To maintain Britain’s education status and ensure quality, the country should remain a member of the European Union, says university lobbying group Universities UK. Prime Minister David Cameron is to hold a referendum for the country’s staying in or leaving the EU in the summer of 2016.
The group says that a ‘Brexit’ – a British exit of the EU – could damage the research capabilities of British universities and harm international academic partnerships and collaborations.
“This is about ensuring the future prosperity of the UK,” said Julia Goodfellow, president-elect of Universities UK.
“It is about maximizing the chances of new discoveries that enhance our society, it’s about tackling major challenges … it’s about the UK’s standing in the world, and above all it’s about opportunities for British people now and in the future,” Reuters reports.
Goodfellow, who is the Vice-Chancellor of the University of Kent, added her case for keeping Britain in the EU:
“It is abundantly clear that the UK’s membership of the EU has an overwhelmingly positive impact on our world-leading universities, enhancing university research and teaching. UK universities are at the heart of the biggest knowledge producing region in the world – and we all benefit from that – individuals, the economy and society”.
In 2013, British universities received about £1 billion for research. According to Universities UK, there are more than 125,000 EU students in British universities which cumulatively contribute over £2.2 billion to the economy. This figure also translated to 19,000 jobs being created.
The stay-in-the-EU campaigners mention the development of graphene as one positive outcome of EU investment. The 200-times stronger-than-steel material research was possible with EU funding back in 2007. The research culminated with the scientists being awarded a Nobel prize for their research.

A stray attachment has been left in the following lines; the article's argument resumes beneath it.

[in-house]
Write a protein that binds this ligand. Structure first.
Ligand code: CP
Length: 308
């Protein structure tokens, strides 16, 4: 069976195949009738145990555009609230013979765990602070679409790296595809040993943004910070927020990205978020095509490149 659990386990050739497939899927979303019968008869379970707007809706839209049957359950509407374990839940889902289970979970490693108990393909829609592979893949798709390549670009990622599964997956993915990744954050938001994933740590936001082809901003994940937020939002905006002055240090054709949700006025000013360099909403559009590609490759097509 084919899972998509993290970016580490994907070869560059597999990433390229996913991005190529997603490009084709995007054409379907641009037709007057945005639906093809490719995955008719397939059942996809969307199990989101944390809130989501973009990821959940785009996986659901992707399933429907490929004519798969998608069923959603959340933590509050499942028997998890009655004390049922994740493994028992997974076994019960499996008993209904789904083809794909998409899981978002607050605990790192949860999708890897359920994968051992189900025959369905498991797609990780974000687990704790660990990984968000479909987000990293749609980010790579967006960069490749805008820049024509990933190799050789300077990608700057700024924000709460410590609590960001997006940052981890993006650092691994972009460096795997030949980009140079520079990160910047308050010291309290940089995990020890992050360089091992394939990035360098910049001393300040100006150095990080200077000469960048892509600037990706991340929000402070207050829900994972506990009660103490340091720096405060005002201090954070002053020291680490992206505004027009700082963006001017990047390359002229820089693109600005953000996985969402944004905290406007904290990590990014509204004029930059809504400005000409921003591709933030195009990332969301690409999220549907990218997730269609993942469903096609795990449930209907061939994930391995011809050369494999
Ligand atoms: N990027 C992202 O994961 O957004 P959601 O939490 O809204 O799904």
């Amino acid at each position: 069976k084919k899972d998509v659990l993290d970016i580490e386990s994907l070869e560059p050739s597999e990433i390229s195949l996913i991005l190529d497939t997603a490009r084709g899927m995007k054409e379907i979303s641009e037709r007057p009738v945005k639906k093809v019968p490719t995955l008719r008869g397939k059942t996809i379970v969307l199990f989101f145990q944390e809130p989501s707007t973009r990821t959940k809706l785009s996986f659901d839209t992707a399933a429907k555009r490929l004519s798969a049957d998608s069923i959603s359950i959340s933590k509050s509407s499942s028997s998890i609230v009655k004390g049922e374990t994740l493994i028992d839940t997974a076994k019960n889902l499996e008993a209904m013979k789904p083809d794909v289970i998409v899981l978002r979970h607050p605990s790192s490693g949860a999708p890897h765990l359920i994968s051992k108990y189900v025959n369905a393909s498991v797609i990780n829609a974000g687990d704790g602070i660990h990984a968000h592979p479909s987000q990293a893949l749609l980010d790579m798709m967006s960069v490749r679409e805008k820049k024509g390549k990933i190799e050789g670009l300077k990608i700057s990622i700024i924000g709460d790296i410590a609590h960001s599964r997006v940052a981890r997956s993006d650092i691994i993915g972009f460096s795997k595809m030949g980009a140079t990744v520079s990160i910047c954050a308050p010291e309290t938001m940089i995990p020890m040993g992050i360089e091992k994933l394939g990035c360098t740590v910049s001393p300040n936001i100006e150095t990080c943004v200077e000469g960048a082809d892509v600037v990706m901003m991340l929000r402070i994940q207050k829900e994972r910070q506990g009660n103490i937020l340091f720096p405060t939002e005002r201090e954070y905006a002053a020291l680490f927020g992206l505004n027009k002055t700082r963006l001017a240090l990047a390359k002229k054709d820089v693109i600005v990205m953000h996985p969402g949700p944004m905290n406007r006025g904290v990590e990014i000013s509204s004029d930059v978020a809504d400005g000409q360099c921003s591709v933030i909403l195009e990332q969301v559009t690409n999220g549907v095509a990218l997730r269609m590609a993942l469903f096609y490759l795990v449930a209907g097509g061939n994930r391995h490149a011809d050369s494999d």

UKIP, the British political party advocating an exit from the EU, says that EU funding toward British academics means their stance in the Brexit debate is not impartial. The Labour Party said through spokesman Chuka Umunna that university leaders are reliable, apolitical voices in the EU membership debate:
“Given that we know the voices outside of politics are more persuasive than the ones in politics, I think it would make sense for a non-politician to head up the umbrella ‘yes’ campaign.”
Shadow Chancellor George Osborne says that Britain’s EU renegotiation should focus on establishing a financial and trade-focused relationship with the rest twenty-seven EU member countries.
The campaign of Universities UK to lobby for keeping the UK in the Union was unanimously endorsed by its board, which represents 133 university vice chancellors. The organization says that the Brexit threat has united higher education like a few others issues have managed to do.